Deerfield — Queen Anne's War
Extracted from "History of the Connecticut Valley in Massachusetts, Volume II," by Louis H. Everts, 1879.
At the opening of this war the town was in a low condition, still destitute of clothing, deeply in debt, the palisades decayed and falling down, having been constructed of poor material, doubtless, in the haste of erection. June 22, 1702, the town voted "to right up" the fort,—every man his proportion as last laid out to him, to be done by Wednesday night, under a penalty of 3s. per rod, and 1s. per rod for each day's delay. June 29th a petition was sent to the General Court, setting forth the condition of the defenses, the presence of an unusual number of Indians, and their fears of some evil design. In response, Col. Pynchon was directed to send his lieutenant-colonel to Deerfield to stay and see that the fortifications were put in order, and "cover them with a scout of ten men while about the work."
The most memorable event in the history of our town was the attack by French and Indians, Feb. 24, 1703-4. The Abenakis of Maine had complained to the French governor of English aggression, and asked redress. The fidelity of this tribe had been doubtful, and De Vaudreuil at once organized an expedition of 200 men to this valley. When the place was taken it was given over to the Indians for fire and slaughter, without let or hindrance. So the Abenakis were revenged, and their friendship secured to the French interests.
The palisades at this time inclosed about 15 acres on Meeting-house Hill, the north line being at the brick meeting-house, the south at the Wilson place. The population was about 250, with 20 garrison soldiers quartered among the families. The snow, which lay three feet deep, was drifted against the stockades and covered with a hard crust.
Hertell de Rouville, the commander of the French forces, arrived at Petty's Plain at night on the 28th of February, where his men deposited their packs and made ready for the attack. An hour before day the next morning, Tuesday, the 29th, the whole army stole silently across the meadows, and on the drifted snow over the stockades, and scattered among the houses. When they were discovered by the watch, he discharged his musket and cried, "Arm! arm!" This was the signal for the assault. Doors and windows were broken down; men, women, and children dragged from their beds, murdered in cold blood, or bound as captives. The main body of the French stood to their arms, firing upon the houses and killing all who resisted, shooting the cattle and sheep, while detached parties were securing "provisions, drink, and cloathing," which were packed up and carried to their rendezvous, others collecting and guarding the prisoners and leading them to the same place. After overrunning the fort, the picketed house of Capt. Wells, who lived on the Fogg lot, was fiercely assaulted, but successfully defended; and little progress was made at the south end of the street by the enemy. The house of Ens. John Sheldon, more strongly built than most, resisted the first onset. With their hatchets the assailants soon cut a hole through the front door. Firing at random through this, Mrs. Sheldon was killed. Entrance was finally effected at the back door, which a frightened lad left unfastened. Into this house the captives were temporarily collected. It was here that the wife of John Catlin performed an act of Christian charity which secured her release. A French officer, severely wounded, was brought in and laid upon the floor in their midst; in great distress, he called for water. Mrs. Catlin tenderly supplied his wants. When remonstrated with by her friends, she repeated, "'If thine enemy hunger feed him; if he thirst give him water to drink.'" This house, which stood until 1848, was known far and wide as the Old Indian House.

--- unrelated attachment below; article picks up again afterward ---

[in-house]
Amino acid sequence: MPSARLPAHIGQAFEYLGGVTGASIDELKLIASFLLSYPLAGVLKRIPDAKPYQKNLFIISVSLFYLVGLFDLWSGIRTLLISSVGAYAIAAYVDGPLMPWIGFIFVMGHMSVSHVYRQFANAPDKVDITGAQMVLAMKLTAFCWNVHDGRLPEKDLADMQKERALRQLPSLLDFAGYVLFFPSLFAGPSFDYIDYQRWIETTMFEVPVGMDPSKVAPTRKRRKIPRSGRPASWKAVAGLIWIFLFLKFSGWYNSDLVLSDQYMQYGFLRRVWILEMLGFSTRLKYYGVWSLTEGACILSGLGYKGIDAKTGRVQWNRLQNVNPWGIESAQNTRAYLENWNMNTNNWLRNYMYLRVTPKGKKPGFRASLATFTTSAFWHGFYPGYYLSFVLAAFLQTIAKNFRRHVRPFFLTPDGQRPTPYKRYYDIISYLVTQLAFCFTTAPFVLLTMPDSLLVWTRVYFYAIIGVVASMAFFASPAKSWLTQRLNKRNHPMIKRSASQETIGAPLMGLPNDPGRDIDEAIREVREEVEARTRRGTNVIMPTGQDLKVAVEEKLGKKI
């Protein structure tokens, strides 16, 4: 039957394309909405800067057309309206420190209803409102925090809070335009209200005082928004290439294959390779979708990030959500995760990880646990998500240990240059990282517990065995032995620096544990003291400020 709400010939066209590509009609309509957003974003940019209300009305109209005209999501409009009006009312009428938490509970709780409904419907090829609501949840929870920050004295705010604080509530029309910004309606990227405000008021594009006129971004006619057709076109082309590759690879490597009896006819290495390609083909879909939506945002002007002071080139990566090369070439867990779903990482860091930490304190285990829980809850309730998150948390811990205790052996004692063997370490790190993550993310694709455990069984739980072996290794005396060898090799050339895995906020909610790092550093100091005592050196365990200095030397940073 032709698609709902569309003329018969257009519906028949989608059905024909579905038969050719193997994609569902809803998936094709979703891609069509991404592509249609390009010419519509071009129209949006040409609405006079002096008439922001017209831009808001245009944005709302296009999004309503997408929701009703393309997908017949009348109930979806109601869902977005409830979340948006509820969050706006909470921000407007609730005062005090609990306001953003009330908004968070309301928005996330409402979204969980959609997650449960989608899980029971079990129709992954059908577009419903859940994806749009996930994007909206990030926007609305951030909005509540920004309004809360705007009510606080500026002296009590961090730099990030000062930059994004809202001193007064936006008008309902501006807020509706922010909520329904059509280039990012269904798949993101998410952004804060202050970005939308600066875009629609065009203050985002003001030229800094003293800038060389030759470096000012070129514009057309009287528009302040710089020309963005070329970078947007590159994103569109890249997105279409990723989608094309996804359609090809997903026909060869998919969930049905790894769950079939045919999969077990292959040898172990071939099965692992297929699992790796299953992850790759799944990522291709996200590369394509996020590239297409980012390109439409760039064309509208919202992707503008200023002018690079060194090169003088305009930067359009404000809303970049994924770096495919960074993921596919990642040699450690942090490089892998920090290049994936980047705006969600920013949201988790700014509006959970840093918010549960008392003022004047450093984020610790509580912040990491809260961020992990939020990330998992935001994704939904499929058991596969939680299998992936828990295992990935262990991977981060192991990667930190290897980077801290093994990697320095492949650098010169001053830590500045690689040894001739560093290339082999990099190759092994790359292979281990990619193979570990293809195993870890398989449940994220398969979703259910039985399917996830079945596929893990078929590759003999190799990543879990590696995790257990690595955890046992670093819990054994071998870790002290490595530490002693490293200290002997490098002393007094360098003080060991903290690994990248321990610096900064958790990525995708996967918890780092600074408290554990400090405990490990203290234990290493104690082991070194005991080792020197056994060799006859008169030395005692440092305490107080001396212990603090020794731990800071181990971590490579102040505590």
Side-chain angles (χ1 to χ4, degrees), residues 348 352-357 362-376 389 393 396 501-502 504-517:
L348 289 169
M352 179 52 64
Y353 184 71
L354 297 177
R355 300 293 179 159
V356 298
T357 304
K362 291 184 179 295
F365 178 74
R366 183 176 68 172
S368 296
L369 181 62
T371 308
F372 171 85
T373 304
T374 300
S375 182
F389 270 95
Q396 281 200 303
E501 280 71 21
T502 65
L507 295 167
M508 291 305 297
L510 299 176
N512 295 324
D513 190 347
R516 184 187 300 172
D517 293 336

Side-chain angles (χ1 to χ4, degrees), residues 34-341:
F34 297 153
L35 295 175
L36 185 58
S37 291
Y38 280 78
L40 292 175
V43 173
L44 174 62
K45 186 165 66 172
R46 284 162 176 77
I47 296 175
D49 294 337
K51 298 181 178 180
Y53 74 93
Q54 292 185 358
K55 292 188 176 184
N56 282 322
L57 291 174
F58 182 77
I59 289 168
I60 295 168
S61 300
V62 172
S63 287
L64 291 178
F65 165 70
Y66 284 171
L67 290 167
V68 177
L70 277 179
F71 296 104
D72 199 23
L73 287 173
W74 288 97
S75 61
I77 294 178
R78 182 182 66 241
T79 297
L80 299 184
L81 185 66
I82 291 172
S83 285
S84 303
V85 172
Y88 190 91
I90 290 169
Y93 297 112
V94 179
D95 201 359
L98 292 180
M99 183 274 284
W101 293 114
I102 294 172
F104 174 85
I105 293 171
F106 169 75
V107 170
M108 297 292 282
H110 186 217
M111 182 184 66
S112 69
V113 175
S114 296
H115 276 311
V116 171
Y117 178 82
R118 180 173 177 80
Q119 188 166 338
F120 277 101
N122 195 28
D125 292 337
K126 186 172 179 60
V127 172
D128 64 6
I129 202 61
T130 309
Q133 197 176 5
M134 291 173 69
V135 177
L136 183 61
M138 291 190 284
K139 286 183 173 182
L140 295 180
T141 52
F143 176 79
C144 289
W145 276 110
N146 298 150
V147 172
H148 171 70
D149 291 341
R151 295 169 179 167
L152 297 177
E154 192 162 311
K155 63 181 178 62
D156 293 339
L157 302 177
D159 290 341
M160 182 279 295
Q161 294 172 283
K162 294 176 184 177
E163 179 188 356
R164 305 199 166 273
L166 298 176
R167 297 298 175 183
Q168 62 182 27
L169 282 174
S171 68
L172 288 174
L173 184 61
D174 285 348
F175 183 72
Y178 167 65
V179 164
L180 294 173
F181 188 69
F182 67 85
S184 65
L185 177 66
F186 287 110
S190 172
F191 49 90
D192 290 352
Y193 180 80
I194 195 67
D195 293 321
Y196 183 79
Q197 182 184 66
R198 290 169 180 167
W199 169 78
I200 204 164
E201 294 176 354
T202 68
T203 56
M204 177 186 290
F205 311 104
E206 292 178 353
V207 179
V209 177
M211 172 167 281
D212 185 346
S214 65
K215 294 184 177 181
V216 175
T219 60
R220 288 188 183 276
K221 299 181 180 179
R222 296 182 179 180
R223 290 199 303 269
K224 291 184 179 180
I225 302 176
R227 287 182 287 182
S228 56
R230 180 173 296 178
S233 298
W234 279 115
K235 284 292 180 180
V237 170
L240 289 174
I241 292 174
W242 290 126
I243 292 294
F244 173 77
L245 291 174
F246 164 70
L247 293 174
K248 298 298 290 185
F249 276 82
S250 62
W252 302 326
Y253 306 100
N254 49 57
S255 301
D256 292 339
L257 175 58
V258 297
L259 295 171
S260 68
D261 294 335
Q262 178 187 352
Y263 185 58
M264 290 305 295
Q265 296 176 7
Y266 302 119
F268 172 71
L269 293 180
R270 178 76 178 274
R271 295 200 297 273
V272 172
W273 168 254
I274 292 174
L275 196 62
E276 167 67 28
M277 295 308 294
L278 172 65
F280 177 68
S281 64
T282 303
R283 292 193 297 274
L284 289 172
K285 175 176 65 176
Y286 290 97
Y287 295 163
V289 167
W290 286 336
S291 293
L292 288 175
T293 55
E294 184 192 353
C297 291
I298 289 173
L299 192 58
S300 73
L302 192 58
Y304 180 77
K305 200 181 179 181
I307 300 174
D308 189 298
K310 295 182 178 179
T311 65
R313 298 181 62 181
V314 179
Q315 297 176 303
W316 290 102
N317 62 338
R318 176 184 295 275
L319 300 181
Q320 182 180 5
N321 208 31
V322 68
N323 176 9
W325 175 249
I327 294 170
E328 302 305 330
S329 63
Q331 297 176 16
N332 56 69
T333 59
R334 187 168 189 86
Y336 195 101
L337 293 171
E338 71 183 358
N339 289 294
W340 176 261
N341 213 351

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03 Aug 2005